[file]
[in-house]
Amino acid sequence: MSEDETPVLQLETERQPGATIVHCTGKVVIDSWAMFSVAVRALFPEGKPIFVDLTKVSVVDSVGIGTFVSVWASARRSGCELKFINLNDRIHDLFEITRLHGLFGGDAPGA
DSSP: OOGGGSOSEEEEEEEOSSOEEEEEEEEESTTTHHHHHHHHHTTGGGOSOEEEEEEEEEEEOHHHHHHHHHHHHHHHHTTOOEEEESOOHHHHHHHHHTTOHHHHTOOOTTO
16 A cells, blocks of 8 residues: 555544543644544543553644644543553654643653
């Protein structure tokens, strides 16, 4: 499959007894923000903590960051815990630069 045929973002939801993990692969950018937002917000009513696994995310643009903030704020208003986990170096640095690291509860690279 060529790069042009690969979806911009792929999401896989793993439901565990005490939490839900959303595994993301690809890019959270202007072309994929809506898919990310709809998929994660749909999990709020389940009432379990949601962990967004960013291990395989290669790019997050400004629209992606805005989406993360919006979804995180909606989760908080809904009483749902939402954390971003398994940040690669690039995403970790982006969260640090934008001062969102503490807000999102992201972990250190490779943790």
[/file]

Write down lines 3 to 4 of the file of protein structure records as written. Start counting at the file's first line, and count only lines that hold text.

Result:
DSSP: OOGGGSOSEEEEEEEOSSOEEEEEEEEESTTTHHHHHHHHHTTGGGOSOEEEEEEEEEEEOHHHHHHHHHHHHHHHHTTOOEEEESOOHHHHHHHHHTTOHHHHTOOOTTO
16 A cells, blocks of 8 residues: 555544543644544543553644644543553654643653